Build Your Executive Presence

Executive presence is frequently mentioned in conversations about leadership, but what does executive presence even mean? Donning a fancy title doesn’t make you a leader, like I explain in my book Leader Is Not a Title, and having the word “executive” in your title doesn’t mean you have executive presence. Like it or not, leadership and executive presence both come down to other people’s opinions.


The Meaning of Executive Presence

Because it’s rather ambiguous, there’s an air of mystery around executive presence. It involves a certain brand of charisma. It invokes curiosity. There’s no checklist to follow and no box to fit into. In fact, executive presence is different for everyone. Despite the mystique, however, you know executive presence when you see it—or, rather, when you feel it.

I think of executive presence as the ability to influence and inspire others. Great leaders identify other people’s passions to understand what motivates them, and they know how to use their influence to appeal to those motivations. People don’t just blindly follow leaders who have executive presence; they want to follow them because they’re inspired.

Other definitions of executive presence begin to reveal what you need—and what you don’t need—to craft your executive presence. In his book Good to Great, Jim Collins explains that you don’t need a boisterous, extroverted presence to be a great leader. Meanwhile, Gerry Valentine defines executive presence as your ability to inspire confidence, noting that everyone can improve their executive presence with focus and practice.


Understanding the Impact of Your Presence

Because executive presence is so closely tied to your ability to lead, your executive presence impacts the success of your team and your organization. Executive presence contributes to your company culture, norms, and team chemistry, and it’s a major player in fostering psychological safety among your employees. 

There’s value in being aware of your own presence, and people usually don’t give it enough thought. Start by paying attention to the details—your clothing, your email sign-off, or even your office decor. As you build relationships, these things don’t matter quite as much, but everything about you impacts how other people see you. Managing your executive presence requires you to tune in to the impressions you give others.


How to Strengthen Executive Presence

If you’re worried about your executive presence—or lack thereof—don’t panic! Executive presence is a skill, not a trait. You can craft and mold it. In fact, some of the most common leadership skills aid you in cultivating your executive presence. There’s no singular defining quality you must possess, but the skills that follow will serve you well as you develop executive presence.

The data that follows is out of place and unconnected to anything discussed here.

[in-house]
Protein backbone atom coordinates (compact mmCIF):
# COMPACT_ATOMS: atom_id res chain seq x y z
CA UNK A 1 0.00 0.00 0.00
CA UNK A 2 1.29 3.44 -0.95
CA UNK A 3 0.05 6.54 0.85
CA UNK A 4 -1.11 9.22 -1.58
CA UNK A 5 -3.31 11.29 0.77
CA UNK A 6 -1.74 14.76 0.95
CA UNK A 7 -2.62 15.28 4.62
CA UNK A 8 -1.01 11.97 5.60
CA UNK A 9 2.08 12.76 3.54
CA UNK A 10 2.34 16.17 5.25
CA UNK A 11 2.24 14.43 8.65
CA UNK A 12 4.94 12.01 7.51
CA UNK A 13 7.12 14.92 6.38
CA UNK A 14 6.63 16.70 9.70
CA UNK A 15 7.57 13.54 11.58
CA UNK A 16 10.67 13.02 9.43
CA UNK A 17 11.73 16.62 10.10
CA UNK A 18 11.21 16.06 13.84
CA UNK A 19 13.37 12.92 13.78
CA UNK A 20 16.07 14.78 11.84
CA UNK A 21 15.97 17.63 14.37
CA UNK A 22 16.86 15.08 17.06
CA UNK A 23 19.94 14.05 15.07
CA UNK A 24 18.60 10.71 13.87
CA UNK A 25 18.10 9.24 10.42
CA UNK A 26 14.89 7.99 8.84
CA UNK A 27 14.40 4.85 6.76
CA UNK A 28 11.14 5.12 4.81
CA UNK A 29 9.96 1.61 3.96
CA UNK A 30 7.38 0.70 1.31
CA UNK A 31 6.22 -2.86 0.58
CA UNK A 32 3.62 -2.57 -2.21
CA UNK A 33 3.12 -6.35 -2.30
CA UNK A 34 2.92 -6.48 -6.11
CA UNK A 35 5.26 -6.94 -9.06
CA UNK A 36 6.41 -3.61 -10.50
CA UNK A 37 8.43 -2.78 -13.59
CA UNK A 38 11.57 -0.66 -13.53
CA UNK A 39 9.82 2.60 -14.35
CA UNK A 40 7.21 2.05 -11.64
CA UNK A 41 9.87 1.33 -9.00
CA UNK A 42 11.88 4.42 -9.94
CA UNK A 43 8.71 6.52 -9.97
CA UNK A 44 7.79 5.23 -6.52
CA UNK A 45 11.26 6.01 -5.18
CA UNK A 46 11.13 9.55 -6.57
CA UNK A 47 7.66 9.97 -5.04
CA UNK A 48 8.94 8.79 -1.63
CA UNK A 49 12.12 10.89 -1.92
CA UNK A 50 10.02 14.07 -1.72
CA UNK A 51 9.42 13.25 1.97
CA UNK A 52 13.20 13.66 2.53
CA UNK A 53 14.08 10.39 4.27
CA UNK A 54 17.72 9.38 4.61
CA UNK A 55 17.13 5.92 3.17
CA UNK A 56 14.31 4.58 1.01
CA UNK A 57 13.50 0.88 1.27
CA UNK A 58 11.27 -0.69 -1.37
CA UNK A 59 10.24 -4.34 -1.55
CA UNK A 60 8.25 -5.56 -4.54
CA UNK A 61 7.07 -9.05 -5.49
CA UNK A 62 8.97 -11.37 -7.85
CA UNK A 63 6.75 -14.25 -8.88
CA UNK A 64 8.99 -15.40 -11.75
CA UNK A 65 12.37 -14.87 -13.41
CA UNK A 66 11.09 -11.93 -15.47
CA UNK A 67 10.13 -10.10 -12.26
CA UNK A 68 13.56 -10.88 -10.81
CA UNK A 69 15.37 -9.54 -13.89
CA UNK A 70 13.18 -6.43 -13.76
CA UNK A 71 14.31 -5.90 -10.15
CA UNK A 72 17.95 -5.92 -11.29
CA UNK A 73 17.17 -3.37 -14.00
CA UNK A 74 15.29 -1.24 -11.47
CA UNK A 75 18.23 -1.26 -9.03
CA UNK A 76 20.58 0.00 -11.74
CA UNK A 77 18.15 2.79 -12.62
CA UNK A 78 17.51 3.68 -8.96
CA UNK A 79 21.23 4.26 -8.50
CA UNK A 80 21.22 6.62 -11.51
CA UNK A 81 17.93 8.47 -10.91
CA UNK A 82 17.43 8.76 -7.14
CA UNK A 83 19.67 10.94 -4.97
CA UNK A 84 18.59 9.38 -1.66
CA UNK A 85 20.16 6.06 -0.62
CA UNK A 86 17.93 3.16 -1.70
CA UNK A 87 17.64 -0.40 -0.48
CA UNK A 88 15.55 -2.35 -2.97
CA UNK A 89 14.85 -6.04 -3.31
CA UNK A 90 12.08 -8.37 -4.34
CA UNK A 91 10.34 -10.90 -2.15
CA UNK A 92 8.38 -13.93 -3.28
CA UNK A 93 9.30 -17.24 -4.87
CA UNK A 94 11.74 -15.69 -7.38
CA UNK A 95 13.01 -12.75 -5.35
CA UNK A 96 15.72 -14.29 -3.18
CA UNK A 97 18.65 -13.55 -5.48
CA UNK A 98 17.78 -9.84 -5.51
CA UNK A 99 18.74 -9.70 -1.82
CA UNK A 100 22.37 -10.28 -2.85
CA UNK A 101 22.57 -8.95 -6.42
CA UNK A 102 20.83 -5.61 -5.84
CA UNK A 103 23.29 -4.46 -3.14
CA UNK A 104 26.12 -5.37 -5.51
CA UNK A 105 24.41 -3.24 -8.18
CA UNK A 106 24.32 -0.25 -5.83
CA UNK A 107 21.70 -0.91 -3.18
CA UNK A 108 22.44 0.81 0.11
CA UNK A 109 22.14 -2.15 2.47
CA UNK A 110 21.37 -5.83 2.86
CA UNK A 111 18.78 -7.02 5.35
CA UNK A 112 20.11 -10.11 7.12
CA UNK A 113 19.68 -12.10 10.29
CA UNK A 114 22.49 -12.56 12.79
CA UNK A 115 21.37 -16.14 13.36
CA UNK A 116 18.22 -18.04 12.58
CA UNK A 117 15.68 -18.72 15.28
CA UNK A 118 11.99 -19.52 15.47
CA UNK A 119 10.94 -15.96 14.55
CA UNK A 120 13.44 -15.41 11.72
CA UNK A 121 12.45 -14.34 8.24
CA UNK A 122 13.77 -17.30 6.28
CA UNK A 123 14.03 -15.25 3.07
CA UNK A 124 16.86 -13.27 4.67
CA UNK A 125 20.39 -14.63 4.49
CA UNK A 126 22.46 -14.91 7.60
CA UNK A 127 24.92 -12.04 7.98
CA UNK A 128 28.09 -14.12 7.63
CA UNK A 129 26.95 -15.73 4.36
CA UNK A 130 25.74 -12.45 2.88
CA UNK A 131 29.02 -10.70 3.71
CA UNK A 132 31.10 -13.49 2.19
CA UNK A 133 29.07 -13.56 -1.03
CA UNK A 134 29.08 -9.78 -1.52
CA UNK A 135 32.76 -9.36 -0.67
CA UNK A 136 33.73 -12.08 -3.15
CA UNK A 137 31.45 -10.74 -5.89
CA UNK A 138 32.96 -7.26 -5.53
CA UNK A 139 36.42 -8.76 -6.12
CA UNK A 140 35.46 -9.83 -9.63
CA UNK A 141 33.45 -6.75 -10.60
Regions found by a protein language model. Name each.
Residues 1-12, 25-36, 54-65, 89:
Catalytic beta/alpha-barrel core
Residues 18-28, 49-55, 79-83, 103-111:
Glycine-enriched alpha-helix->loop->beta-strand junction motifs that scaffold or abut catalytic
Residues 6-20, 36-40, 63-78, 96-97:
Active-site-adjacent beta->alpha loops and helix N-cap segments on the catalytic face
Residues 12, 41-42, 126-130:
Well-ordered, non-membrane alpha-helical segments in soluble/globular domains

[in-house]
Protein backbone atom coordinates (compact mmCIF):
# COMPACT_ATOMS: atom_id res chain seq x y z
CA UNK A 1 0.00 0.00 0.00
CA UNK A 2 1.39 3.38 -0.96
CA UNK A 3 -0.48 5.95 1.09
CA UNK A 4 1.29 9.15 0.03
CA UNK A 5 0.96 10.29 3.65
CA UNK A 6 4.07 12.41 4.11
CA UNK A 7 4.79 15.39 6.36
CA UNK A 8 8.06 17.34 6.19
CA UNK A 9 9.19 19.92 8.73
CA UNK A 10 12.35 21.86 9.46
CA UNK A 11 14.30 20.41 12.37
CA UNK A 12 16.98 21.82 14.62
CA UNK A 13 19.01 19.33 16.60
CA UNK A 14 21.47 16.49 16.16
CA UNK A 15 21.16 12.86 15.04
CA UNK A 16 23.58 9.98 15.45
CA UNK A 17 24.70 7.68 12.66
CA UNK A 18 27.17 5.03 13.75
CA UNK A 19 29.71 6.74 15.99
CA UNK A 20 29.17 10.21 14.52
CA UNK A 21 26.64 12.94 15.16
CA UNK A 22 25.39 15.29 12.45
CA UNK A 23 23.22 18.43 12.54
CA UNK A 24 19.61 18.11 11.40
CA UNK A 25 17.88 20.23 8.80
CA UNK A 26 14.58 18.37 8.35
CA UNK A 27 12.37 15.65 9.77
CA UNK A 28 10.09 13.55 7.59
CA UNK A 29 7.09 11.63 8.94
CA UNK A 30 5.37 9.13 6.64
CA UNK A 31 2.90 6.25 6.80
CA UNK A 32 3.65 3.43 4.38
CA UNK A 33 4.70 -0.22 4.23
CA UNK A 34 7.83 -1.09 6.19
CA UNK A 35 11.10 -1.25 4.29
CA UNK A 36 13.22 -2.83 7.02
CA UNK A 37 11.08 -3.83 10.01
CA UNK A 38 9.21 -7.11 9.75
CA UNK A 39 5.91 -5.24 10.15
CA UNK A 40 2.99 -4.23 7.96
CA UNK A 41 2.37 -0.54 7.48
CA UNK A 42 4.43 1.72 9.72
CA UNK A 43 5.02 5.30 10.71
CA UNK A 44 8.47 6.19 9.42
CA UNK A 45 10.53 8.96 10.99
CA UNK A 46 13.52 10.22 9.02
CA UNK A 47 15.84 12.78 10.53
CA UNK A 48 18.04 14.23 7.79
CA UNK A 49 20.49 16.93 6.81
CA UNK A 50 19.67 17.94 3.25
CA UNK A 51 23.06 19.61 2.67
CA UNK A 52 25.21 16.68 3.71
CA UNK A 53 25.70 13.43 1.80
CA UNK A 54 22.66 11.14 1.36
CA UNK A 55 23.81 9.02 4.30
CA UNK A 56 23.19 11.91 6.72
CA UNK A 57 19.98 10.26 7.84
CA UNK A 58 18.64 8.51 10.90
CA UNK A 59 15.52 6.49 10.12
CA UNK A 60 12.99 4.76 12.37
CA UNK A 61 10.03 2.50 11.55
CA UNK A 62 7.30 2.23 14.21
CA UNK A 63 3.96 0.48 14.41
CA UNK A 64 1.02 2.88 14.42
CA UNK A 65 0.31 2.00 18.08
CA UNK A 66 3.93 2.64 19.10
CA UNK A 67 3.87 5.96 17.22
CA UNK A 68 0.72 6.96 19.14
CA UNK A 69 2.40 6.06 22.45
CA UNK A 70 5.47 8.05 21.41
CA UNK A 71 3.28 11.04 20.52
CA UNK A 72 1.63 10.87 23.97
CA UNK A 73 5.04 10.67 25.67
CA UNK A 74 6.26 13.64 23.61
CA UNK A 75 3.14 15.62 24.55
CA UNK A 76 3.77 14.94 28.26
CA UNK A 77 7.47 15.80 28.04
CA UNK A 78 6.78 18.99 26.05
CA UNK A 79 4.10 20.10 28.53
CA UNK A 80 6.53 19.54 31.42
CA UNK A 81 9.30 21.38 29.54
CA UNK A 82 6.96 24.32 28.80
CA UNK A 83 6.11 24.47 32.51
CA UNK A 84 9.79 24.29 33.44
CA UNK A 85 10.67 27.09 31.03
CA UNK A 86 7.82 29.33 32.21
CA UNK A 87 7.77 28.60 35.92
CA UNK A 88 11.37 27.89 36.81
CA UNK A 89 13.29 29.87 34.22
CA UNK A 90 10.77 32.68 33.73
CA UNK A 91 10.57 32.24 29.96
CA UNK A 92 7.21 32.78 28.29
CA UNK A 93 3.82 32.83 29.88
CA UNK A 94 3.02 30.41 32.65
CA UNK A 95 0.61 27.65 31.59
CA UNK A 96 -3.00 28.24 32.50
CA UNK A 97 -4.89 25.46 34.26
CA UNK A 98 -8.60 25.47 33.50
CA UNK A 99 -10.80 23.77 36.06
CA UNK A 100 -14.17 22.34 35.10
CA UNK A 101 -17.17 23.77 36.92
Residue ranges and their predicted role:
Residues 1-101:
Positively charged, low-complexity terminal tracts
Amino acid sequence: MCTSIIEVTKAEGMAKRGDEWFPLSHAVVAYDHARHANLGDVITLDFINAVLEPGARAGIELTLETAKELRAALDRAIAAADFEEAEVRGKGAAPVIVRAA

• Adaptability: Stay calm under pressure. One of the biggest things I look for in an executive is their reactivity. I want them to have the skill set to remain calm even when everybody else is losing it. Being even-keeled offers a sense of stability, which is crucial for leaders, especially during challenging times.
  • Communication: As a leader, you must be able to articulate your vision. In many ways, your ability to communicate dictates your ability to lead. If a leader is commanding orders or expecting employees to mind read, is that really leadership? Hone your ability to take in and explain complex information.
  • Emotional intelligence: Understanding emotions is a helpful skill to build as a leader, and it impacts how others perceive you. I like to focus on the difference between being passionate and being emotional. People see passion as dedication, care, and investment, while overly emotional behavior is often reactive and negative. Don’t let your emotions cloud your judgment. 
  • Active listening: Listening is an invaluable skill for leaders because it helps you better connect with your team and understand how to meet the needs of your people. Receiving and understanding messages enhance your executive presence by creating genuine connections, better engagement, and deeper relationships.

Executive presence is difficult to define because everyone embodies it differently. I’m not a big believer in the cookie-cutter approach to leadership; it’s more about how you share your own strengths in an impactful way to motivate and inspire others. 


Crafting Your Executive Presence

While first impressions are priceless, remember that your executive presence is malleable; it’s not fixed or static. You can build the presence you desire as a leader with self-awareness and a willingness to grow. Begin by reflecting on your current abilities to motivate, inspire, and lead, and then take the necessary steps to change the way you present yourself. 


Questions to Consider

  1. How would you describe your own presence?

  2. How would you like others to see you?

  3. How does presence affect how you view or judge others?

I’d love to help you mold your executive presence. Contact me to learn more about leadership advising, coaching services, and additional resources.